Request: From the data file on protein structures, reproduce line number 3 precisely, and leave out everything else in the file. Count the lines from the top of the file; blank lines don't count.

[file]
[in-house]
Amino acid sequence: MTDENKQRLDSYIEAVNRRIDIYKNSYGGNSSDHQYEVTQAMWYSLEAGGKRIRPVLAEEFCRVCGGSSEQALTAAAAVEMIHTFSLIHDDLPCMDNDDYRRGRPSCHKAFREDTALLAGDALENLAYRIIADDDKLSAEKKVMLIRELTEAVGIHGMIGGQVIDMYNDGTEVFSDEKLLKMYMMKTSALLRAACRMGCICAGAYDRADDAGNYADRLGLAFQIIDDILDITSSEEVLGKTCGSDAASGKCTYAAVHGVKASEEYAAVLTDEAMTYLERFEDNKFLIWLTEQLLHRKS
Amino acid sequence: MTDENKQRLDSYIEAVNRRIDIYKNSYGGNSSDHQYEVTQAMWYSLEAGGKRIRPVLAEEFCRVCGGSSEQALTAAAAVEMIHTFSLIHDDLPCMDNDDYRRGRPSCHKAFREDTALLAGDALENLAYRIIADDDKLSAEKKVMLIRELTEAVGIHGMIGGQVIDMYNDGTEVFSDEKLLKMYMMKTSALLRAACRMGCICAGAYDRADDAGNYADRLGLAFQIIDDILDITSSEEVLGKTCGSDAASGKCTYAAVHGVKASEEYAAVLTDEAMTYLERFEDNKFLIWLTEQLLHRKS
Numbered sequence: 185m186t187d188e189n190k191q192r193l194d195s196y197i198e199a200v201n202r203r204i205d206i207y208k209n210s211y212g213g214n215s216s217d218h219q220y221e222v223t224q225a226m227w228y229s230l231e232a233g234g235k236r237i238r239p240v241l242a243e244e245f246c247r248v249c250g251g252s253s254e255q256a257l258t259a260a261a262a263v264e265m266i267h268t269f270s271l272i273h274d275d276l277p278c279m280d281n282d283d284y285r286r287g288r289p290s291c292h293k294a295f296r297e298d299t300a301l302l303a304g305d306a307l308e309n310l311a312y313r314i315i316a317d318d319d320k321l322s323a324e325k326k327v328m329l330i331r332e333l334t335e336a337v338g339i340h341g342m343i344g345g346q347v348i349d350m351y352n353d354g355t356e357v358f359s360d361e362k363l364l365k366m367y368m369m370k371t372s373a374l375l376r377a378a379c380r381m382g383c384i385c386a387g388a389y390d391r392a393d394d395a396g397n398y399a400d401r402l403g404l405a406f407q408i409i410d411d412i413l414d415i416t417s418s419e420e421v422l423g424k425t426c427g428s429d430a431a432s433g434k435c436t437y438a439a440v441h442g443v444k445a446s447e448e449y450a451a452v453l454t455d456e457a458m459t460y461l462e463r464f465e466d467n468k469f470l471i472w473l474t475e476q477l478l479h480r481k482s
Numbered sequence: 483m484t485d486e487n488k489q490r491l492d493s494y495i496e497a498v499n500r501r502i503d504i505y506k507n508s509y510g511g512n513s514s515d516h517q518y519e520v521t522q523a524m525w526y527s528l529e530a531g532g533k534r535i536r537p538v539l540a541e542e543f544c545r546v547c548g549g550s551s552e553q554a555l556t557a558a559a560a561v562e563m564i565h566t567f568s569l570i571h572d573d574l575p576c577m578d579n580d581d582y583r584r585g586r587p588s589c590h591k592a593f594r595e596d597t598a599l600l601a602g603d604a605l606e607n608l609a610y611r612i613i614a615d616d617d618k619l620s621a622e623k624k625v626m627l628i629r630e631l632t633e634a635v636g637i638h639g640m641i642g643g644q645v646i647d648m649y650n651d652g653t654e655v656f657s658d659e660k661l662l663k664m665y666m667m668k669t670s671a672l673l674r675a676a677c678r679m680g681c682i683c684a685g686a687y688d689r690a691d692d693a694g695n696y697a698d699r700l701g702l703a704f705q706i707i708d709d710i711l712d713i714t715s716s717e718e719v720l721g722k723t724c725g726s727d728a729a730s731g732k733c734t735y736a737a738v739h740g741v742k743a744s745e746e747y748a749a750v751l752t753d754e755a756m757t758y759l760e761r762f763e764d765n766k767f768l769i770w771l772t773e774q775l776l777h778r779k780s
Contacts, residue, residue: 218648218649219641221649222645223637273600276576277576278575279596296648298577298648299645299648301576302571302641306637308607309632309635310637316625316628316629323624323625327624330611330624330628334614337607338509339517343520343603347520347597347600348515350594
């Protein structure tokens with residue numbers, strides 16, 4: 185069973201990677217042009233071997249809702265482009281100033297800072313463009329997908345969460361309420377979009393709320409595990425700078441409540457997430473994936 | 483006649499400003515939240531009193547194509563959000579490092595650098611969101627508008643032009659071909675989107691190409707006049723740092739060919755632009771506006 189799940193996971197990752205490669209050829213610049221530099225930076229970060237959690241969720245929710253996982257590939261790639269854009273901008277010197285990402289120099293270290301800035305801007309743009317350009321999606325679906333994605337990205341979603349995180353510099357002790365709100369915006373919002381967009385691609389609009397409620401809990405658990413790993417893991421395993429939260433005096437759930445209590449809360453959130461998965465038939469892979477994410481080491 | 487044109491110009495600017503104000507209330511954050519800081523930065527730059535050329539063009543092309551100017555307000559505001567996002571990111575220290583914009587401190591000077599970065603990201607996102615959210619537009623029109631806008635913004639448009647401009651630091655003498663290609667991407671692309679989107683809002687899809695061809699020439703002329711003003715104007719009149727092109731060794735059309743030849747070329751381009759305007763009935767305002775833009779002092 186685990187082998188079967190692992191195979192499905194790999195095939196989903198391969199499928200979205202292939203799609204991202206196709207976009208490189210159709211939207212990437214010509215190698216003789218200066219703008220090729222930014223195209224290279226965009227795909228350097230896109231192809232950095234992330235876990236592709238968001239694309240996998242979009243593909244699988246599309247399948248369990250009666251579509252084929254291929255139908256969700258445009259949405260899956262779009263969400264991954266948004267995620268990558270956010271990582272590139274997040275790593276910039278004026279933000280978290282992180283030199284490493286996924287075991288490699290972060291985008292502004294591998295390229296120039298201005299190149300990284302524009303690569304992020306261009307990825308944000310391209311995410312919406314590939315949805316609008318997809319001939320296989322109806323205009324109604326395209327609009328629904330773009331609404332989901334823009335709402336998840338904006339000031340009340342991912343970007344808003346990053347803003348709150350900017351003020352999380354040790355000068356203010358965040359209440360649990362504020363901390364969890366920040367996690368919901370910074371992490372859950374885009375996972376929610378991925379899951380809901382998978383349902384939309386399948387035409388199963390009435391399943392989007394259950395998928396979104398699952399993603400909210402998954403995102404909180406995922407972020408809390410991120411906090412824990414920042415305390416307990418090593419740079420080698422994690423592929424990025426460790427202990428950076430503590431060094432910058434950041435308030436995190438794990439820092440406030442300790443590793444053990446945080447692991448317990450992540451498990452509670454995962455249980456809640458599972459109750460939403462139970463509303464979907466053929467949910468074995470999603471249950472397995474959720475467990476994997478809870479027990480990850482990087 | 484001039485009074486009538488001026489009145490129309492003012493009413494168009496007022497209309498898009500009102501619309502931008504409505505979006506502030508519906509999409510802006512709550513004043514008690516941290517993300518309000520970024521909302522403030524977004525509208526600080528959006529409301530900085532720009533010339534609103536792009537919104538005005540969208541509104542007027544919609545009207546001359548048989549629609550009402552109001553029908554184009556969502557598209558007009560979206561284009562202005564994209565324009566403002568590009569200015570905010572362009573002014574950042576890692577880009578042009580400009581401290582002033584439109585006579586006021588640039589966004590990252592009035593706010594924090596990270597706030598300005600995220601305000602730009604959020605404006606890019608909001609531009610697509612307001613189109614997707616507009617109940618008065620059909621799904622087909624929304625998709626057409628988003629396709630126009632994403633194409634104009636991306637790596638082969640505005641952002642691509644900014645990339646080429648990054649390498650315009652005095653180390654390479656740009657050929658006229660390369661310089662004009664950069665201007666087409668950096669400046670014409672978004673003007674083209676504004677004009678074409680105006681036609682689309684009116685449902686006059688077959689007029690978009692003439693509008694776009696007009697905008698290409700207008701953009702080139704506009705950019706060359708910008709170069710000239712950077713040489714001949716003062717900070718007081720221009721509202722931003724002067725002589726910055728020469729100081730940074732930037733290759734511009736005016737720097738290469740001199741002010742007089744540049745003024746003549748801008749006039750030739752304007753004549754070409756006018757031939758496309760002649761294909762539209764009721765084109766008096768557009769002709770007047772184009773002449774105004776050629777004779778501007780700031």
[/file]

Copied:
Amino acid sequence: MTDENKQRLDSYIEAVNRRIDIYKNSYGGNSSDHQYEVTQAMWYSLEAGGKRIRPVLAEEFCRVCGGSSEQALTAAAAVEMIHTFSLIHDDLPCMDNDDYRRGRPSCHKAFREDTALLAGDALENLAYRIIADDDKLSAEKKVMLIRELTEAVGIHGMIGGQVIDMYNDGTEVFSDEKLLKMYMMKTSALLRAACRMGCICAGAYDRADDAGNYADRLGLAFQIIDDILDITSSEEVLGKTCGSDAASGKCTYAAVHGVKASEEYAAVLTDEAMTYLERFEDNKFLIWLTEQLLHRKS